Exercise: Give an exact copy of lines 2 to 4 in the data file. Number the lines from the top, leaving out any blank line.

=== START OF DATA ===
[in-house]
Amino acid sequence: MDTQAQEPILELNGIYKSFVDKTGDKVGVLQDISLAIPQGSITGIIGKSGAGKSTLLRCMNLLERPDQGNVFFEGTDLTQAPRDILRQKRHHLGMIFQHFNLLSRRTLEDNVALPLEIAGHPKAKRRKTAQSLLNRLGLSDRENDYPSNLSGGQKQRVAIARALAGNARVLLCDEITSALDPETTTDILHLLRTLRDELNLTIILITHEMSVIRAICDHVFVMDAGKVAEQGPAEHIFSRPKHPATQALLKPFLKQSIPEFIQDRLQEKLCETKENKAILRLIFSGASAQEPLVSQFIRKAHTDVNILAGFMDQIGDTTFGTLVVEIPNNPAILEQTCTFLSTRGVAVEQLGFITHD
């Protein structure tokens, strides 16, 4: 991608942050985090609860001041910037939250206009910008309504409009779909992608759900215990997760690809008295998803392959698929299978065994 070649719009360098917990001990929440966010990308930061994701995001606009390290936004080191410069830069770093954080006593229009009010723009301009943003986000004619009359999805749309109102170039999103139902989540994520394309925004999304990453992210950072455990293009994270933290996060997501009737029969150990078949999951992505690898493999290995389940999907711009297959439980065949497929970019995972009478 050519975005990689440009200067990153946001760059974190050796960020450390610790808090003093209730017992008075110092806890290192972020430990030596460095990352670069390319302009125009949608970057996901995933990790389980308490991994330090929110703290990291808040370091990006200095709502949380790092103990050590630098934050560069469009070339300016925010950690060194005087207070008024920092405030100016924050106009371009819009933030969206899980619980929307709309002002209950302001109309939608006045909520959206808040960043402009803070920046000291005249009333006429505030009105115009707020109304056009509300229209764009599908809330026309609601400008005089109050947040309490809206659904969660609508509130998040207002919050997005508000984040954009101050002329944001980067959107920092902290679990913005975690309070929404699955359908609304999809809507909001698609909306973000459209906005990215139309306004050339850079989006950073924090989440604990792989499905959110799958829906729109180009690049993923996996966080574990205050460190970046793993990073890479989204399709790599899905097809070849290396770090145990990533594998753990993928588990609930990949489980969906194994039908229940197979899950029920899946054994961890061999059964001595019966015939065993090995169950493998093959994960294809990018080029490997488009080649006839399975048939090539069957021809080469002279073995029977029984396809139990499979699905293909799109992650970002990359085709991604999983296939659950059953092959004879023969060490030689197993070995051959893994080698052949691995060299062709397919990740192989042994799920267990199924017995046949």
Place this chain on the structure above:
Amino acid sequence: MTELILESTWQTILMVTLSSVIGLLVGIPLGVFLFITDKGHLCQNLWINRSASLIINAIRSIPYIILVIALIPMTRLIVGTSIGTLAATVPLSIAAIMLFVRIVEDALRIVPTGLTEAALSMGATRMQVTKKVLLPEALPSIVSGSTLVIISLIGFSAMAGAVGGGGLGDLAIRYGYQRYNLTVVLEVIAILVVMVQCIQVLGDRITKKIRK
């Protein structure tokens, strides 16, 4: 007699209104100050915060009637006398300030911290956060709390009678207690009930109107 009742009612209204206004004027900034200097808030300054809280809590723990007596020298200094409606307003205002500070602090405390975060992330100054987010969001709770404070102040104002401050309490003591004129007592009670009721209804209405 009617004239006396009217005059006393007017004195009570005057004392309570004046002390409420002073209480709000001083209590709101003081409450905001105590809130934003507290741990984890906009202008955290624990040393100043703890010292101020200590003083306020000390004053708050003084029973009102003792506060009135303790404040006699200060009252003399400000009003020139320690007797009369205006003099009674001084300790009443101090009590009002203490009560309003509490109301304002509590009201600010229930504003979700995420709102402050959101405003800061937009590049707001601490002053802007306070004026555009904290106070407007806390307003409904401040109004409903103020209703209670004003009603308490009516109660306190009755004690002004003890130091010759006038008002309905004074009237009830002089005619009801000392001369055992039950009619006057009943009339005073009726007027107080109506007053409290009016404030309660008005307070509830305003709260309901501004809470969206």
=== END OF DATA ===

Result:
Amino acid sequence: MDTQAQEPILELNGIYKSFVDKTGDKVGVLQDISLAIPQGSITGIIGKSGAGKSTLLRCMNLLERPDQGNVFFEGTDLTQAPRDILRQKRHHLGMIFQHFNLLSRRTLEDNVALPLEIAGHPKAKRRKTAQSLLNRLGLSDRENDYPSNLSGGQKQRVAIARALAGNARVLLCDEITSALDPETTTDILHLLRTLRDELNLTIILITHEMSVIRAICDHVFVMDAGKVAEQGPAEHIFSRPKHPATQALLKPFLKQSIPEFIQDRLQEKLCETKENKAILRLIFSGASAQEPLVSQFIRKAHTDVNILAGFMDQIGDTTFGTLVVEIPNNPAILEQTCTFLSTRGVAVEQLGFITHD
């Protein structure tokens, strides 16, 4: 991608942050985090609860001041910037939250206009910008309504409009779909992608759900215990997760690809008295998803392959698929299978065994 070649719009360098917990001990929440966010990308930061994701995001606009390290936004080191410069830069770093954080006593229009009010723009301009943003986000004619009359999805749309109102170039999103139902989540994520394309925004999304990453992210950072455990293009994270933290996060997501009737029969150990078949999951992505690898493999290995389940999907711009297959439980065949497929970019995972009478 050519975005990689440009200067990153946001760059974190050796960020450390610790808090003093209730017992008075110092806890290192972020430990030596460095990352670069390319302009125009949608970057996901995933990790389980308490991994330090929110703290990291808040370091990006200095709502949380790092103990050590630098934050560069469009070339300016925010950690060194005087207070008024920092405030100016924050106009371009819009933030969206899980619980929307709309002002209950302001109309939608006045909520959206808040960043402009803070920046000291005249009333006429505030009105115009707020109304056009509300229209764009599908809330026309609601400008005089109050947040309490809206659904969660609508509130998040207002919050997005508000984040954009101050002329944001980067959107920092902290679990913005975690309070929404699955359908609304999809809507909001698609909306973000459209906005990215139309306004050339850079989006950073924090989440604990792989499905959110799958829906729109180009690049993923996996966080574990205050460190970046793993990073890479989204399709790599899905097809070849290396770090145990990533594998753990993928588990609930990949489980969906194994039908229940197979899950029920899946054994961890061999059964001595019966015939065993090995169950493998093959994960294809990018080029490997488009080649006839399975048939090539069957021809080469002279073995029977029984396809139990499979699905293909799109992650970002990359085709991604999983296939659950059953092959004879023969060490030689197993070995051959893994080698052949691995060299062709397919990740192989042994799920267990199924017995046949």
Place this chain on the structure above: